The pacing, while measured, some might even go so far as to call it leisurely, felt spot-on as far as I was concerned, everything building with an unhurried malevolent elegance that kept the tension building and the suspense continually omnipresent.
I’m not sure what to write about Sofia Coppola’s The Bling Ring. The movie is as observationally distant as many of her previous films, especially Somewhere, to a lesser extent Lost in Translation, looking at its vapid, materialistic, fame-obsessed central group of teenage reprobates with the same disaffected malaise they themselves project. It’s aggressively nonjudgmental, the film choosing to view its protagonists with a detached superficiality that doesn’t connect emotionally but still manages to pack something of a major, uncomforting wallop all the same.
If you’re like me, and if you can handle all the dismemberments, skull crushing, decapitations and disembowelments, if you’re willing to keep your brain in check and allow for the fact stupid is as stupid does no matter how much you wish otherwise, than this not-really-a-fright-flick fright-flick might just be for you. Enter at your own risk.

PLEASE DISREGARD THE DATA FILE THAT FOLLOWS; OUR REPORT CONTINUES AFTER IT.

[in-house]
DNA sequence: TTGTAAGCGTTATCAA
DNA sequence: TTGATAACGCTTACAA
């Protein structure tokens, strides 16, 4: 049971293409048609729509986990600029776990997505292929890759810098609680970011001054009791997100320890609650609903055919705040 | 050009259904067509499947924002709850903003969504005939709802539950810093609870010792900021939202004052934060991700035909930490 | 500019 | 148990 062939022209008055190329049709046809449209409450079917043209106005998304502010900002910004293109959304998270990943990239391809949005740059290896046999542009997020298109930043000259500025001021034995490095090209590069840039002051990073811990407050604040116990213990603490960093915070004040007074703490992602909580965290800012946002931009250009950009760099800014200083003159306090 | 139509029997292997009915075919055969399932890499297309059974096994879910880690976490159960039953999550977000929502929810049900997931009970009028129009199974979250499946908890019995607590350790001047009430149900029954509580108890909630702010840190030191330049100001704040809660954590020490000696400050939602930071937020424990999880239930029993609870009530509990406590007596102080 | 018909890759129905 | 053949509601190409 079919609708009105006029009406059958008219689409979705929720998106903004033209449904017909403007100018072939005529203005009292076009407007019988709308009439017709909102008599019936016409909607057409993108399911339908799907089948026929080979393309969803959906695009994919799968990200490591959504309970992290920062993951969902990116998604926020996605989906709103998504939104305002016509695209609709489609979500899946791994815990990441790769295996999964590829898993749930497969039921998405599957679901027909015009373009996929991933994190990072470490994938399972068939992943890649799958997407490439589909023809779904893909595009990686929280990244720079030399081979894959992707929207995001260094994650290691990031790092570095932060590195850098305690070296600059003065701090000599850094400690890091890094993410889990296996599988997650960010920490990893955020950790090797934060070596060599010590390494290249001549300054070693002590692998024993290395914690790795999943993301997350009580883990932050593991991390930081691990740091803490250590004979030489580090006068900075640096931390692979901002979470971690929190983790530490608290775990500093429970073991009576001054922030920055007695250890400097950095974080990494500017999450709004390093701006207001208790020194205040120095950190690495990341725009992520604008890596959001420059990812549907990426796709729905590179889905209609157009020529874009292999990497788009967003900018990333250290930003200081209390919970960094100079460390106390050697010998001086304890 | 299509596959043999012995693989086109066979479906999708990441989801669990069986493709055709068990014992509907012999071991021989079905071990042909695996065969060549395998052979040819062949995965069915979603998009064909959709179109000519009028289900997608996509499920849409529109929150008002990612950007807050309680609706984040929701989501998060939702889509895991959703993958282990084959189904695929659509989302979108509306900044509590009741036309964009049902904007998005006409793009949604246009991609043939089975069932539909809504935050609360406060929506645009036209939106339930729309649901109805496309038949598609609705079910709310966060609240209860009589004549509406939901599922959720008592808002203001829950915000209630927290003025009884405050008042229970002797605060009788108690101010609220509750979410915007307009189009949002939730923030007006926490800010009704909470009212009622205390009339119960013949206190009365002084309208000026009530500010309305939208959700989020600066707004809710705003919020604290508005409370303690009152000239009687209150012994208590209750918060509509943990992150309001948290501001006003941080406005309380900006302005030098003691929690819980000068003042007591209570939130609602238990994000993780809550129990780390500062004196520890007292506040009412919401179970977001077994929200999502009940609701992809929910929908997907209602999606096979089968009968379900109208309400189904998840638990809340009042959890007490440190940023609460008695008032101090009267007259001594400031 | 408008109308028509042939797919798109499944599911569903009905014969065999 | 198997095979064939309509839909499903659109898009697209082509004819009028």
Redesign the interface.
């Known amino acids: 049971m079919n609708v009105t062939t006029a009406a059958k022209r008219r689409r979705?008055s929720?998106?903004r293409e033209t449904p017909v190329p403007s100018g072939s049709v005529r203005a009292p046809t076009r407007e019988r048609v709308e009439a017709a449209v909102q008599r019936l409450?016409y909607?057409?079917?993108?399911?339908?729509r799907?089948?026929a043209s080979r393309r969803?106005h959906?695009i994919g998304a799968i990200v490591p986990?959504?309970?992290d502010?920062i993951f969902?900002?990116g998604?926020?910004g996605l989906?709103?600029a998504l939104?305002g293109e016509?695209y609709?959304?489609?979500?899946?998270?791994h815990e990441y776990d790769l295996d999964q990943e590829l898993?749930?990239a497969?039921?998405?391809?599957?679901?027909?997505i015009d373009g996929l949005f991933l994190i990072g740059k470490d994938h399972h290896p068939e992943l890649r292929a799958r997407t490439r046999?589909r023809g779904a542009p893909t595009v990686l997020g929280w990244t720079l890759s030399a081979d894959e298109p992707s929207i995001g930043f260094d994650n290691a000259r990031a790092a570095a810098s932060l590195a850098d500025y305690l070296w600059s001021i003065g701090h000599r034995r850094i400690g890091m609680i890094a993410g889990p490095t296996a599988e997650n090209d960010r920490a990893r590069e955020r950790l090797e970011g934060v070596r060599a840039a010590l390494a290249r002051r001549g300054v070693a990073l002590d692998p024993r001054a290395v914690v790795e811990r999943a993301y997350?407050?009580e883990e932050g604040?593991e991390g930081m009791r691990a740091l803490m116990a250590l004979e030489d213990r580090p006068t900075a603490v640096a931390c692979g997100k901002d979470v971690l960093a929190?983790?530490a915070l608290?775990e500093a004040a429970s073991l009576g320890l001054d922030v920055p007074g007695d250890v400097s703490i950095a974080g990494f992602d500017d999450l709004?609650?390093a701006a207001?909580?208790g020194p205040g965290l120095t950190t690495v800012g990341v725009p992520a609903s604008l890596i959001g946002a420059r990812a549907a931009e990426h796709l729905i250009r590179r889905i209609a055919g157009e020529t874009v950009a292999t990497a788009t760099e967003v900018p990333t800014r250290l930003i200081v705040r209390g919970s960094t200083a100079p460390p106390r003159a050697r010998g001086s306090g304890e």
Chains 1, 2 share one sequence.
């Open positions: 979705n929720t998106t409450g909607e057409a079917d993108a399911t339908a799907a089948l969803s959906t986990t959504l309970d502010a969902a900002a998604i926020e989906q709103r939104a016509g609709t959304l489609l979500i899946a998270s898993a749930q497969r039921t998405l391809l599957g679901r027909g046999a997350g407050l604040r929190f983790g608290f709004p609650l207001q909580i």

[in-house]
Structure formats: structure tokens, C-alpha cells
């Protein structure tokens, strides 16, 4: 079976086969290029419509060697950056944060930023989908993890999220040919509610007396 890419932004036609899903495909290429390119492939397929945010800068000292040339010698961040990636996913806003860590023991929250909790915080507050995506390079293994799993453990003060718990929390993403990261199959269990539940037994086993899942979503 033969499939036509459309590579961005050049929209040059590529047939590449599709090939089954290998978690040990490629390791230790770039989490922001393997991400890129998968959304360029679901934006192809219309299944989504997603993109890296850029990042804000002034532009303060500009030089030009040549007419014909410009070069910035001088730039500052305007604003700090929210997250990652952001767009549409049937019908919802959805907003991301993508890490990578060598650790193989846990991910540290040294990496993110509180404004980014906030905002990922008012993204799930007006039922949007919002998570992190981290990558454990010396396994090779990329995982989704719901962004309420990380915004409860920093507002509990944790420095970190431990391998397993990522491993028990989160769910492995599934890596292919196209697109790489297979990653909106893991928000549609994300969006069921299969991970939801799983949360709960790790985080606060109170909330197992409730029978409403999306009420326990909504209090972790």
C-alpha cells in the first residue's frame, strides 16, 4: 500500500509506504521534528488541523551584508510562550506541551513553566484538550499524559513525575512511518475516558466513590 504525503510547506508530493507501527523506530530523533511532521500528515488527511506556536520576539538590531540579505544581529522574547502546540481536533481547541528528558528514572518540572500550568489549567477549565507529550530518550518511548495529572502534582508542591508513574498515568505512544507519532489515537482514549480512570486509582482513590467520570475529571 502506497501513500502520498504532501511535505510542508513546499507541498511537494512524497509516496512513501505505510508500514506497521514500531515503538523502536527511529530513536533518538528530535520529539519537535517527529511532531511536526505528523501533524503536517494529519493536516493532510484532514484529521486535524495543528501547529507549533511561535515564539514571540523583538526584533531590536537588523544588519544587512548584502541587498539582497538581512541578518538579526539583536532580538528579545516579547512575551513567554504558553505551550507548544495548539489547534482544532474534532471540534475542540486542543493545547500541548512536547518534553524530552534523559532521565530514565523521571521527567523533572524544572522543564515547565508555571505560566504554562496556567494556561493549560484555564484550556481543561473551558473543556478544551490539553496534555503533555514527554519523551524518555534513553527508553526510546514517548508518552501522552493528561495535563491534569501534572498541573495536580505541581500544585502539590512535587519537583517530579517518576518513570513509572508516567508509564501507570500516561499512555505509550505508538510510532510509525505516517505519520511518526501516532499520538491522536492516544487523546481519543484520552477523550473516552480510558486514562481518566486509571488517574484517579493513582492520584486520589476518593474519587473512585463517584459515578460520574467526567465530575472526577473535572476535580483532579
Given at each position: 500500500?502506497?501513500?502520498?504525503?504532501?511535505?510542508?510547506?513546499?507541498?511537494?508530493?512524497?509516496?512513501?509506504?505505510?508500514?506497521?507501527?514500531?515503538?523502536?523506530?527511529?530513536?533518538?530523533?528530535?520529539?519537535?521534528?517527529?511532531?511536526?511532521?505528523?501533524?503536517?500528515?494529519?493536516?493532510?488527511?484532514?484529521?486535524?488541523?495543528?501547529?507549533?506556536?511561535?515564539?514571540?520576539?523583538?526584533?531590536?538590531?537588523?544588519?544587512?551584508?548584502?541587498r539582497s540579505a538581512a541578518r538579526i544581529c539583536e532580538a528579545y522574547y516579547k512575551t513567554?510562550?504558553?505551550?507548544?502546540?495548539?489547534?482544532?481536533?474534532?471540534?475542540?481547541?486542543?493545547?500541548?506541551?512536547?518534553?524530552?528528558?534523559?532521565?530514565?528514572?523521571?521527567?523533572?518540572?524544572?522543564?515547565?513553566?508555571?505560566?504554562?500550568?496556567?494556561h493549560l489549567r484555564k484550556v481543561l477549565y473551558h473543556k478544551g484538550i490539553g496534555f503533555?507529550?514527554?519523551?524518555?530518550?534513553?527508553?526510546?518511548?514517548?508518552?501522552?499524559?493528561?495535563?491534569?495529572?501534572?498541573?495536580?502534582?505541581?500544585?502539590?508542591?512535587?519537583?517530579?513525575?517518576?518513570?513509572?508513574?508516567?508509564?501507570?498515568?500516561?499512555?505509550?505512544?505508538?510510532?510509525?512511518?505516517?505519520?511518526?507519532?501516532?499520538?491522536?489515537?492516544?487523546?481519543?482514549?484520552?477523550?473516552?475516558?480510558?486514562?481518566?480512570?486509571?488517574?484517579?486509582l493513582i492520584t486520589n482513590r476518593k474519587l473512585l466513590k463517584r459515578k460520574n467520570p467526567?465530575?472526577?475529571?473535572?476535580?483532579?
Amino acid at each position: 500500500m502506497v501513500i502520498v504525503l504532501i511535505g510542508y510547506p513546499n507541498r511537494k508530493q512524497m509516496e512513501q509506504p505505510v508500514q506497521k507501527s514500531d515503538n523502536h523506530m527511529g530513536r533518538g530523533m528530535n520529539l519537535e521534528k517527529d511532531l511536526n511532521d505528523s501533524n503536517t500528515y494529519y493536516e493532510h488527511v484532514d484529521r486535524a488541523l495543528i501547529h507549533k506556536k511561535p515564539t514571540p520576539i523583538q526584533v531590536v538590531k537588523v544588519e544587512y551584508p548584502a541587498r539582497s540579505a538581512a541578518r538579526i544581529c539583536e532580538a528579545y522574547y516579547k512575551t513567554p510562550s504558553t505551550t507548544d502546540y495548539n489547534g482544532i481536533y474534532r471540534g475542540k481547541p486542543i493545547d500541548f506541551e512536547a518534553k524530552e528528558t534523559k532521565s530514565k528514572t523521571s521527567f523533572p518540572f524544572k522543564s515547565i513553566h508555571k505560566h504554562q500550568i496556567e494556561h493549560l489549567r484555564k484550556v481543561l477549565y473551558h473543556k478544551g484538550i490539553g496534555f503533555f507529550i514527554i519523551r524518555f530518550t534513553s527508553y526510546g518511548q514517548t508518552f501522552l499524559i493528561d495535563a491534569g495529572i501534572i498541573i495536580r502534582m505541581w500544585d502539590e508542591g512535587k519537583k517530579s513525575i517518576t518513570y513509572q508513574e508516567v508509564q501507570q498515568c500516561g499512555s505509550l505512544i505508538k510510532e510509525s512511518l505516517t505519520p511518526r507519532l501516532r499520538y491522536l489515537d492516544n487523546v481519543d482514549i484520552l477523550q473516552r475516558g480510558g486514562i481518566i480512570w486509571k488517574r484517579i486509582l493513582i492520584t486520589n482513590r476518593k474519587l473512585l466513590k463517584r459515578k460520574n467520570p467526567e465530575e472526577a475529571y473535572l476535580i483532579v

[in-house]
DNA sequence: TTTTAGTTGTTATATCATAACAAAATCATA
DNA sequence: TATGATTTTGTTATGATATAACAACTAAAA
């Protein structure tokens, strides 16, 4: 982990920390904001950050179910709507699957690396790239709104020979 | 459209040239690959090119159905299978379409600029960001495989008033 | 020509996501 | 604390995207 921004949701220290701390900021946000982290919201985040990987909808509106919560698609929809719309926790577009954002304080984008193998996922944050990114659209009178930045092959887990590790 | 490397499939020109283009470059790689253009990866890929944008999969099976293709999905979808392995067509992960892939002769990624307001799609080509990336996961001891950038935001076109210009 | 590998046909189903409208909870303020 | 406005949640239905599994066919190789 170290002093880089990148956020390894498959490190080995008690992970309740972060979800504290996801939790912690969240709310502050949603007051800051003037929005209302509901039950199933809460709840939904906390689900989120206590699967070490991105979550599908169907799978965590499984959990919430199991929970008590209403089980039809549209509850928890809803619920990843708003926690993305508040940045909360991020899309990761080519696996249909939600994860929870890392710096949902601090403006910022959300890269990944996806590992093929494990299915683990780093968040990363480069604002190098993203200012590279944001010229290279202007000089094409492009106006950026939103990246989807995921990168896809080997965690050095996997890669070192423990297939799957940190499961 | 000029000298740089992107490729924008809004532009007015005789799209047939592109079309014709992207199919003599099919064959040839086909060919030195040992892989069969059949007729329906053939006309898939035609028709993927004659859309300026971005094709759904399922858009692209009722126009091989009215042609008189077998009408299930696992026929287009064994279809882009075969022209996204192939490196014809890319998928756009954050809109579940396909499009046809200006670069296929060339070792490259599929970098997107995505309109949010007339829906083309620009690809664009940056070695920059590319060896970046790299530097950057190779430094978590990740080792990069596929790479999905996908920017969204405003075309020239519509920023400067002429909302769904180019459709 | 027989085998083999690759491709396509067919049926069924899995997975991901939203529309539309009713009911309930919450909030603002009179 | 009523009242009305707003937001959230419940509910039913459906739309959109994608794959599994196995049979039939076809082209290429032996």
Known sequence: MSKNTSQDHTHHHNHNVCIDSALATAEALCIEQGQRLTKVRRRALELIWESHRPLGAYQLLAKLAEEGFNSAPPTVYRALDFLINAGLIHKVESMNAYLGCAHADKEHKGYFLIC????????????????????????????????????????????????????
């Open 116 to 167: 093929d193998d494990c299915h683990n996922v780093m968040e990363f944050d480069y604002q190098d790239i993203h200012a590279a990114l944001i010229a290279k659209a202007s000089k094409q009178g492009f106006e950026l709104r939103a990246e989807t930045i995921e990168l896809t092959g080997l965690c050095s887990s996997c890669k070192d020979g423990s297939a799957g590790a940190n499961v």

Familiar Haunting a Ghostly Misfire Sophia (Harriet MacMasters-Green) has moved to the south of Italy for work with her free-spirited daughter Helena (Sabrina Jolie Perez). When one of the child’s teeth comes lose, stories about the Tooth Fairy and her wondrous magical charms are understandably spun. But when Helena starts collecting her fellow classmates’ teeth, […]
[Maniac] takes the basic idea from the previous film and then runs energetically into an entirely new direction, upping the slasher game by crafting a first-person you-are-there narrative structure that in large parts makes this effort the Enter the Void of B-grade exploitation terror.
[As] trivial as the majority of this story turns out to be, Monsters University is undeniably entertaining, this prequel making me laugh and keeping me smiling pretty much start to finish.
Much Ado About Nothing is an astonishing creation overflowing in passion, energy, romance and humor. Whedon has done a glorious thing with this Shakespeare classic, and as summertime surprises are concerned, this ranks right up there with some of the best I’ve ever had the pleasure to see.
I laughed. A lot. Even better, I did so consistently, and even the parts I didn’t particularly care for contained a gag or two that, at their worst, still brought a smile to my face.
I didn’t dislike Man of Steel, not at all, but I just as readily didn’t enjoy it nearly as much as I wanted to, either. Nothing about this latest Superman iteration captivated me, none of it connected on an emotional level, and while the action theatrics fly considerably higher than any previous adaptation the shortcomings found in the human department frustratingly kept the project as a whole from soaring.